Two integration methods are available in PHREEQC, an explicit fifth-order Runge-Kutta method and an implicit CVODE method (Cohen and Hindmarsh, 1996). The Runge-Kutta method is likely to be faster for non-stiff ordinary differential equations; typically, these are differential equations that have similar time scales. CVODE is more robust for stiff sets of equations in which kinetic reactants have rates that vary widely for the same element. The -bad_steps_max parameter applies to both integration methods, but has slightly different meanings depending on the method. With the Runge-Kutta method, an attempt is made to integrate over a time substep. If that integration fails to keep errors less than specified tolerances, the integration is repeated with a smaller time step. For the Runge-Kutta method, the -bad_steps_max parameter is the maximum number of times that a new attempt is made after the integration fails to meet error tolerances. For the CVODE method, the parameter -cvode_steps determines the number of steps that can be taken with one invocation of CVODE. If the integration has not completed the entire time step, CVODE is reinvoked. For the CVODE method, the -bad_steps_max parameter is the number of times that CVODE can be invoked to complete the integration over a time step. The -cvode_order parameter specifies the number of terms to use in the extrapolation of rates within the CVODE method. Although less than five terms may be specified, experience has not shown that limiting the number of terms is helpful either to achieve or to accelerate a successful integration.

For a batch-reaction calculation, the number of reaction steps is the maximum number of steps defined in any of the following keyword data blocks: KINETICS , REACTION, REACTION_PRESSURE, and REACTION_TEMPERATURE. When the maximum number of steps is greater than the number of steps defined in KINETICS , then if INCREMENTAL_REACTIONS is false (cumulative reaction steps), the reactions are integrated for the time specified by the final time step for each of the additional steps; if INCREMENTAL_REACTIONS is true (incremental reaction steps), kinetic reactions are not included in the additional steps.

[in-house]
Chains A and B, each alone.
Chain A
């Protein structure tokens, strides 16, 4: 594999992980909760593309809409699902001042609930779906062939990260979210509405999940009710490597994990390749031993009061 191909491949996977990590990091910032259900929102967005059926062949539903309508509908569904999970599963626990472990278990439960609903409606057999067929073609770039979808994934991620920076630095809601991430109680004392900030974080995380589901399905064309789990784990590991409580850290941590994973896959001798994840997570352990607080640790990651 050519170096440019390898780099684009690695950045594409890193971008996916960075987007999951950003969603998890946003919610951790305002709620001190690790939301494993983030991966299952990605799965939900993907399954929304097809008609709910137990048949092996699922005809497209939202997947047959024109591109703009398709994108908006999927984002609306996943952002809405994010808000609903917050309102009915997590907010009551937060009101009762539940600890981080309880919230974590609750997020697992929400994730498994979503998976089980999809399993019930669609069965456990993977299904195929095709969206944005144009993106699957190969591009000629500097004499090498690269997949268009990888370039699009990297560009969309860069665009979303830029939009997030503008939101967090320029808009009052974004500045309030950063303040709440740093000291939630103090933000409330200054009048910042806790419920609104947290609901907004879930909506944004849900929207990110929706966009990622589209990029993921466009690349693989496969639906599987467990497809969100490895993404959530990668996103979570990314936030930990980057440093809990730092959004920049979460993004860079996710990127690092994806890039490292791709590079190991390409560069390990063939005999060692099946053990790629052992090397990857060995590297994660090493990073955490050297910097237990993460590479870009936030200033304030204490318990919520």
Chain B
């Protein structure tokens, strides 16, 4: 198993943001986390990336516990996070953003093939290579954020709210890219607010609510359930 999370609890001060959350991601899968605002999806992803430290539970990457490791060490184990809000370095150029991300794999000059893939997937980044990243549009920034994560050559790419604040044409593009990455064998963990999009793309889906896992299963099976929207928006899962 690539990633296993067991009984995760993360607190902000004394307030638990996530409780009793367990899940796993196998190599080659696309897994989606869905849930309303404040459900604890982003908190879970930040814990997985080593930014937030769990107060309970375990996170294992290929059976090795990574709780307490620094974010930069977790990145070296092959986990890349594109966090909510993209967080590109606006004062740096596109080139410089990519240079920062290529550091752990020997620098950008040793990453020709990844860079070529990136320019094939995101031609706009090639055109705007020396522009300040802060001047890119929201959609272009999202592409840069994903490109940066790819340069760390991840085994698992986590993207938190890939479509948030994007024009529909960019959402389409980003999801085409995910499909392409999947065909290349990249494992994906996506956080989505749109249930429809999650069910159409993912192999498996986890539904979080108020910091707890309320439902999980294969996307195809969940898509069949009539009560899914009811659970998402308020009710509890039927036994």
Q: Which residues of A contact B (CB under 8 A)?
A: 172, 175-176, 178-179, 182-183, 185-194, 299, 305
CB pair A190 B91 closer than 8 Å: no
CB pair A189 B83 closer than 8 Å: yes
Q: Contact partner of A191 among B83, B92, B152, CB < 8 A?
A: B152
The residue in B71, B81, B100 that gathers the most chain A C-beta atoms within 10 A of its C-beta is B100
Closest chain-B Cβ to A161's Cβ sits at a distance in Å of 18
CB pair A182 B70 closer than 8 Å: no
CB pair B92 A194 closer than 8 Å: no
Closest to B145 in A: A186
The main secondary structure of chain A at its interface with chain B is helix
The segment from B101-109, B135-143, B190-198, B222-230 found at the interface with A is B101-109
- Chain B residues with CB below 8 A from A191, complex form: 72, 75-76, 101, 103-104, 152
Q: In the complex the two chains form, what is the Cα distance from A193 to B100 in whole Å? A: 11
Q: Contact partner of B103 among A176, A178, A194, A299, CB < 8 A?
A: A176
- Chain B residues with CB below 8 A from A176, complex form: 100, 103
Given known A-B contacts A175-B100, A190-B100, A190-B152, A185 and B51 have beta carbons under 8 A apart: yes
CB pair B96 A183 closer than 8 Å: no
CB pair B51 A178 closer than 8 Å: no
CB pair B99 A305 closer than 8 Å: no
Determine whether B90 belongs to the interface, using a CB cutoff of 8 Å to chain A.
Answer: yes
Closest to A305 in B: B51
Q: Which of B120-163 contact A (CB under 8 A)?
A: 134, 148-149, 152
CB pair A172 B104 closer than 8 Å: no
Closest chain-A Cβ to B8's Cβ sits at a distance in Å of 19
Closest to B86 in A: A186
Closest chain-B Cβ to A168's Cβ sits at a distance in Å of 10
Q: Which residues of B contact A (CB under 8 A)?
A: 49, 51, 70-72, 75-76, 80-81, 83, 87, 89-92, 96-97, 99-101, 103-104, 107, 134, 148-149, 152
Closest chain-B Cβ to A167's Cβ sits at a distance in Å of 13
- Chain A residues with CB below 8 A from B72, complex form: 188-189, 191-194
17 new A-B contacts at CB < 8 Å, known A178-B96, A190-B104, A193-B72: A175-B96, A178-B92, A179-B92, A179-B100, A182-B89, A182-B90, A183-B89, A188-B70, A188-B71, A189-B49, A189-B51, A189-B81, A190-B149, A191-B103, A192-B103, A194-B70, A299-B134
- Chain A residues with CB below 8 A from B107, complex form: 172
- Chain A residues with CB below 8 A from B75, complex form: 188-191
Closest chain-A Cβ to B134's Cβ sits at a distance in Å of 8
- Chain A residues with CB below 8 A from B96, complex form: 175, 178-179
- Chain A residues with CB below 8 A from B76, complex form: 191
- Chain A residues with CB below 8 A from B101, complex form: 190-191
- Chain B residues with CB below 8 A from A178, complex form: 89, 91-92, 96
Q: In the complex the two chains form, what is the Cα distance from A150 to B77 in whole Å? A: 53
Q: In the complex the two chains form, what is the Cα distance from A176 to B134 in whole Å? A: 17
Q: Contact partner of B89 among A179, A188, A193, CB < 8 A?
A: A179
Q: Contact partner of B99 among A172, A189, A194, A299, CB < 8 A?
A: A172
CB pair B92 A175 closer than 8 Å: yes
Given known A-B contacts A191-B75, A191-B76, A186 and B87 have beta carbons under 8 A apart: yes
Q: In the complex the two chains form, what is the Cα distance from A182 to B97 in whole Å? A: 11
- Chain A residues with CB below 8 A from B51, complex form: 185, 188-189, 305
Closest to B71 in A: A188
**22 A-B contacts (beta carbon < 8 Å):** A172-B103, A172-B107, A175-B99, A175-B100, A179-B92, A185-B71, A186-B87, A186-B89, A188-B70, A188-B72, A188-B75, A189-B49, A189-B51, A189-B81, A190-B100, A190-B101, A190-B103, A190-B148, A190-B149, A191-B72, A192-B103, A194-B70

The SAVE data block does not apply to kinetic reactions, and a “SAVE kinetics n” statement results in an error message. The number of moles of a kinetic reaction is updated continuously during a simulation that includes kinetic reactions. Thus, unlike other reactants, a KINETICS data block definition will be changed automatically by a batch reaction; other reactant compositions that vary in a batch reaction must be saved with the SAVE data block to be updated to the new compositions.

###### Example problems

The keyword KINETICS is used in example problems 6, 9, and 15.

###### Related keywords